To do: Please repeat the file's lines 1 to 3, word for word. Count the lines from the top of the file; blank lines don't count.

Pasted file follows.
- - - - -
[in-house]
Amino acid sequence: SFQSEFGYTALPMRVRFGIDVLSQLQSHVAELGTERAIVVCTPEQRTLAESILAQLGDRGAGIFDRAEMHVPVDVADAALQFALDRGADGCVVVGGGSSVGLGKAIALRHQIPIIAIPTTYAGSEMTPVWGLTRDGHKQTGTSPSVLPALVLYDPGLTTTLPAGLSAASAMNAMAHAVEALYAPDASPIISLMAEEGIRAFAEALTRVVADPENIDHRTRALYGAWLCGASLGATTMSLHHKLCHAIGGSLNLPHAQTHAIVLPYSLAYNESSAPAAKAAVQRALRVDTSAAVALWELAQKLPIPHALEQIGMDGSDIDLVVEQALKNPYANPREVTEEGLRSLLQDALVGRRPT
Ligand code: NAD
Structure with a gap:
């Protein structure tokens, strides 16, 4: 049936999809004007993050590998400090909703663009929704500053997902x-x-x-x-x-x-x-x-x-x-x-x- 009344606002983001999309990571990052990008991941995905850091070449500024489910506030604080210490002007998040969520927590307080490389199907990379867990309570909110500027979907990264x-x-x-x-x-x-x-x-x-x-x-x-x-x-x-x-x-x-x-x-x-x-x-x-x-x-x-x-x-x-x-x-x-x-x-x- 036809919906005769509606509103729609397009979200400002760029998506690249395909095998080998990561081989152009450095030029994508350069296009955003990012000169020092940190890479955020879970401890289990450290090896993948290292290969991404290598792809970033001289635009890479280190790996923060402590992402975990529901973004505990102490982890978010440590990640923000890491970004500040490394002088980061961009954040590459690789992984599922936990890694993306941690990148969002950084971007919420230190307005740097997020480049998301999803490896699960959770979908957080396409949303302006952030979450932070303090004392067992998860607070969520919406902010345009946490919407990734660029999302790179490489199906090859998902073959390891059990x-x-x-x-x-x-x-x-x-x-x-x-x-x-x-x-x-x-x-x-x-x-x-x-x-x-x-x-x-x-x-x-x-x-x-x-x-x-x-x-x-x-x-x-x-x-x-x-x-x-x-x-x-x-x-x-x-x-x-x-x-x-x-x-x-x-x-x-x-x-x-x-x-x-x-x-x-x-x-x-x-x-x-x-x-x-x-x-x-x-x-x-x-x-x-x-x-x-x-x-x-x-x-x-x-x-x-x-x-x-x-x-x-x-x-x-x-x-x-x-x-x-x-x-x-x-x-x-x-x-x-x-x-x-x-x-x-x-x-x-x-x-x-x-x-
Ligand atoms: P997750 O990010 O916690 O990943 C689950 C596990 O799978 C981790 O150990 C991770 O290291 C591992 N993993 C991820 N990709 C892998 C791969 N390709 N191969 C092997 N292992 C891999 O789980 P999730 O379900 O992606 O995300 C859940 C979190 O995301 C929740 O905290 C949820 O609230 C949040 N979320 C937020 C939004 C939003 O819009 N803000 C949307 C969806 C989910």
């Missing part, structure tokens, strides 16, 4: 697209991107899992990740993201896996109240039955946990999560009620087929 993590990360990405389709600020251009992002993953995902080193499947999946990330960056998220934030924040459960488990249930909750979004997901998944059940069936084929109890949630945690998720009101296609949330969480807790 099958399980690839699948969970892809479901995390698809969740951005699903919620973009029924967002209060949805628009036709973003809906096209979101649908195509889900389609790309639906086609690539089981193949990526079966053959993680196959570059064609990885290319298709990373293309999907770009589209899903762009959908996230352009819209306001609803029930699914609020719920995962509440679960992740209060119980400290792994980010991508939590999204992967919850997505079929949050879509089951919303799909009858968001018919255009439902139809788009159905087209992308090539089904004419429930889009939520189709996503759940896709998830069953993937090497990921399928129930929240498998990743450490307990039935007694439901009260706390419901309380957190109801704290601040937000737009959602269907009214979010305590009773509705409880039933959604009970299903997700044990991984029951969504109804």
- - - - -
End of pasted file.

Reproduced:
[in-house]
Amino acid sequence: SFQSEFGYTALPMRVRFGIDVLSQLQSHVAELGTERAIVVCTPEQRTLAESILAQLGDRGAGIFDRAEMHVPVDVADAALQFALDRGADGCVVVGGGSSVGLGKAIALRHQIPIIAIPTTYAGSEMTPVWGLTRDGHKQTGTSPSVLPALVLYDPGLTTTLPAGLSAASAMNAMAHAVEALYAPDASPIISLMAEEGIRAFAEALTRVVADPENIDHRTRALYGAWLCGASLGATTMSLHHKLCHAIGGSLNLPHAQTHAIVLPYSLAYNESSAPAAKAAVQRALRVDTSAAVALWELAQKLPIPHALEQIGMDGSDIDLVVEQALKNPYANPREVTEEGLRSLLQDALVGRRPT
Ligand code: NAD